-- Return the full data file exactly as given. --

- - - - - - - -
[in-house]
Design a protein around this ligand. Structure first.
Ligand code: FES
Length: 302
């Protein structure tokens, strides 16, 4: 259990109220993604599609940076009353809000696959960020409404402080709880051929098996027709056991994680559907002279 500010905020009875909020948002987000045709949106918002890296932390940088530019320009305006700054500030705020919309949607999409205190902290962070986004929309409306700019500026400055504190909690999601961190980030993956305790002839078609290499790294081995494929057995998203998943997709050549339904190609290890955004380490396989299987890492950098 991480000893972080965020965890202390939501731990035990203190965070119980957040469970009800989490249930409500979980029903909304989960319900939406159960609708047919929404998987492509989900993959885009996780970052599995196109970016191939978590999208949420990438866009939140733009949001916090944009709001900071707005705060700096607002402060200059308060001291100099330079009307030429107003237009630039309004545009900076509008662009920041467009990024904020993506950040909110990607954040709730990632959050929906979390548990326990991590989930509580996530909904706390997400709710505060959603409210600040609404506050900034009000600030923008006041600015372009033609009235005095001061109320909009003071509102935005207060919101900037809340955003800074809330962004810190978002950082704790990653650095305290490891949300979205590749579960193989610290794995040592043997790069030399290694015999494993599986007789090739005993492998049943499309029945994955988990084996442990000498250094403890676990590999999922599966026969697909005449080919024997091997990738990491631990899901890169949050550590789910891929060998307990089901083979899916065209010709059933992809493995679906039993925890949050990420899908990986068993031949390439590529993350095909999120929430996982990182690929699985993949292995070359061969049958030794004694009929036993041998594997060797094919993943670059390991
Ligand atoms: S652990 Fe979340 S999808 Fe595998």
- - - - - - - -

[in-house]
Design a protein around this ligand. Structure first.
Ligand code: FES
Length: 302
């Protein structure tokens, strides 16, 4: 259990109220993604599609940076009353809000696959960020409404402080709880051929098996027709056991994680559907002279 500010905020009875909020948002987000045709949106918002890296932390940088530019320009305006700054500030705020919309949607999409205190902290962070986004929309409306700019500026400055504190909690999601961190980030993956305790002839078609290499790294081995494929057995998203998943997709050549339904190609290890955004380490396989299987890492950098 991480000893972080965020965890202390939501731990035990203190965070119980957040469970009800989490249930409500979980029903909304989960319900939406159960609708047919929404998987492509989900993959885009996780970052599995196109970016191939978590999208949420990438866009939140733009949001916090944009709001900071707005705060700096607002402060200059308060001291100099330079009307030429107003237009630039309004545009900076509008662009920041467009990024904020993506950040909110990607954040709730990632959050929906979390548990326990991590989930509580996530909904706390997400709710505060959603409210600040609404506050900034009000600030923008006041600015372009033609009235005095001061109320909009003071509102935005207060919101900037809340955003800074809330962004810190978002950082704790990653650095305290490891949300979205590749579960193989610290794995040592043997790069030399290694015999494993599986007789090739005993492998049943499309029945994955988990084996442990000498250094403890676990590999999922599966026969697909005449080919024997091997990738990491631990899901890169949050550590789910891929060998307990089901083979899916065209010709059933992809493995679906039993925890949050990420899908990986068993031949390439590529993350095909999120929430996982990182690929699985993949292995070359061969049958030794004694009929036993041998594997060797094919993943670059390991
Ligand atoms: S652990 Fe979340 S999808 Fe595998």